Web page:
There has been little research into how doctors work with diagnostic technology and how patients respond Echocardiography (ultrasonic imaging of the heart) is an important non-invasive imaging test which is of great value in the diagnosis of heart disease Like other imaging tests, it is often used to exclude the possibility of disease in the hope of reassuring the patient Clinical experience suggests that there are serious pit­ falls in the use of echocardiography for purposes of reassurance which are also likely to apply to other imaging investigations.

We studied this application of echocardiography in 40 patients using methods of analysis which were largely qualitative-based on tape-recordings of consultations and of unstructured interviews with doctors and patients and a clinical questionnaire involving 40 patients Important problems which emerged were that:

  • Reassurance did not automatically follow the demonstration of a normal  heart In particular, anxious patients with symptoms  seeking medical care because of worry about the heart generally failed to completely resolve their doubt so that there was some continuing anxiety. Anxiety was frequently provoked  by referral for echocardiography after a heart murmur had been heard in the course of a routine medical consultation or insurance examination. In these patients, doubt and anxiety about  the heart  were frequently  not resolved  entirely by the doctor's explanation that the test had shown  the heart to be normal
  • Such  persistence  of doubt  and  anxiety  after  testing  were  often  not  predictable before referral Although  clear explanation  and  good  doctor-patient communication in  the medical  consultation were factors, there were also 'wild  card  effects' Thus the clinical outcome could be largely determined by random  events involving the test, the patient's personality, family history, medical history or life experience In some cases, it seemed that no amount of explanation could have reassured such a patient once the query had been raised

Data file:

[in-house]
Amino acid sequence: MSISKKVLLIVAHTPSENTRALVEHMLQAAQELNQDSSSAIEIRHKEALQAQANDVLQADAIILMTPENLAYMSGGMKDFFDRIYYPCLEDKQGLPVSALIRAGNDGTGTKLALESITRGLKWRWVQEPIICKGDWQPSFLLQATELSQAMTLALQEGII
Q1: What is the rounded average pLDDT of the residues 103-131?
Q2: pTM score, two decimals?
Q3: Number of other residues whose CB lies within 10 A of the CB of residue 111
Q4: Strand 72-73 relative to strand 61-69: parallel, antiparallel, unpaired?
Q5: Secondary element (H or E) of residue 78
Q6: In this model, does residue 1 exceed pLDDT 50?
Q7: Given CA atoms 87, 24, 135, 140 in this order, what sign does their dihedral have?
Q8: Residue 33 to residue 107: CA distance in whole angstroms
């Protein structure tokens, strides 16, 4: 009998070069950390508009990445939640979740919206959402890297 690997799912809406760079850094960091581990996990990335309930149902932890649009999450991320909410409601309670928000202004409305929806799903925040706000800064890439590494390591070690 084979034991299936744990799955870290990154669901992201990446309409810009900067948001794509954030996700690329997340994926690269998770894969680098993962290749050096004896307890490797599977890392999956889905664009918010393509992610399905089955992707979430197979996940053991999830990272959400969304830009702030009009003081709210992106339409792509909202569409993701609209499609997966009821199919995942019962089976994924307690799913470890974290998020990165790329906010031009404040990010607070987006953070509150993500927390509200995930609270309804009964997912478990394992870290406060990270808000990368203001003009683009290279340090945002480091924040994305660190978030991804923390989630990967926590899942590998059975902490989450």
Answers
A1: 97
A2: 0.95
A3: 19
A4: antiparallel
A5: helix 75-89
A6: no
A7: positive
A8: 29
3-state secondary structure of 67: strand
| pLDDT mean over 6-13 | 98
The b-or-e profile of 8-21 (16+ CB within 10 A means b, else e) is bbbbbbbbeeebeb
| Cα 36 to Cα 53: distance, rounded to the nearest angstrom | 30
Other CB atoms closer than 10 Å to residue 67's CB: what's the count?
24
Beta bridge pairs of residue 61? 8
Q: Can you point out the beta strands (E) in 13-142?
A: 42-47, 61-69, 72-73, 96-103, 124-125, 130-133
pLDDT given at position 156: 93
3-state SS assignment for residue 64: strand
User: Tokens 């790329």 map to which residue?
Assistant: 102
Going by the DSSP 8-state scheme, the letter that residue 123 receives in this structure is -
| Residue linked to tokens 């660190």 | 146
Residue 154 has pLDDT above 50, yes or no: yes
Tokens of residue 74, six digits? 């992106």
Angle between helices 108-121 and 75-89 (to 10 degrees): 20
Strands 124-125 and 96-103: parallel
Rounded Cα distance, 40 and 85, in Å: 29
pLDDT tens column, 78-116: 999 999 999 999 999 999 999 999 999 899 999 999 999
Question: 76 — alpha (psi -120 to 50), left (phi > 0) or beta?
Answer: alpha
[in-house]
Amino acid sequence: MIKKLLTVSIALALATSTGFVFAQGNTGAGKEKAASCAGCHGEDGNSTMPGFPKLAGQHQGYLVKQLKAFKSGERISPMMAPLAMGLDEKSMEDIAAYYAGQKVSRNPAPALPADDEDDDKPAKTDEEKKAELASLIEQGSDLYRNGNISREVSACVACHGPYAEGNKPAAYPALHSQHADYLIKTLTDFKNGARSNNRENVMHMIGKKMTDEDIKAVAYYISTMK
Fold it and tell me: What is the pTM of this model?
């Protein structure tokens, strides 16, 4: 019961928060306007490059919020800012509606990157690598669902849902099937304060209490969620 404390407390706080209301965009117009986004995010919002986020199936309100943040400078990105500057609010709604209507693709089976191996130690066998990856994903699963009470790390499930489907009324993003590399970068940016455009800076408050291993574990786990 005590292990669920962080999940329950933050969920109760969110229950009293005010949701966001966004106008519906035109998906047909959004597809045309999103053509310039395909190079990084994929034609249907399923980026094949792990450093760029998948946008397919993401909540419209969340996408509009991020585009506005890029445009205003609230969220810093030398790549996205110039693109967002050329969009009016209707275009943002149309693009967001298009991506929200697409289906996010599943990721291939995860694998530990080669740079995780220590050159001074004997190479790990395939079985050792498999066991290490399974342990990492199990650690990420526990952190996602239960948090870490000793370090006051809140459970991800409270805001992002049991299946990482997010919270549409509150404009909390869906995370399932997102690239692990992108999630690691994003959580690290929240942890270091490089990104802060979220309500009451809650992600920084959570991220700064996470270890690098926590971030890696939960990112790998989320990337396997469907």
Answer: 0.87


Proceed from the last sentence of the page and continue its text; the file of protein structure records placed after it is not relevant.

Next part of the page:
• When  the cardiologist  was  confident  that  the heart was normal,  such  a clinical diagnosis  was  accurate  Given the risk of false positive diagnosis, of findings of doubtful significance and the risk of residual doubt and anxiety even when the test result was normal, we concluded that a consultant's opinion would often be a safer method  of reassurance  than an echocardiogram
  • Doctors sometimes had social as well as technical reasons for ordering the test, such as compliance  with the wish of the referring  doctor or use of the test as a kind of placebo to reinforce patient reassurance

These results have practical implications relating to the use of imaging  investigations in medical  practice, to the education of students with regard to heart murmurs and to the evaluation of medical technology.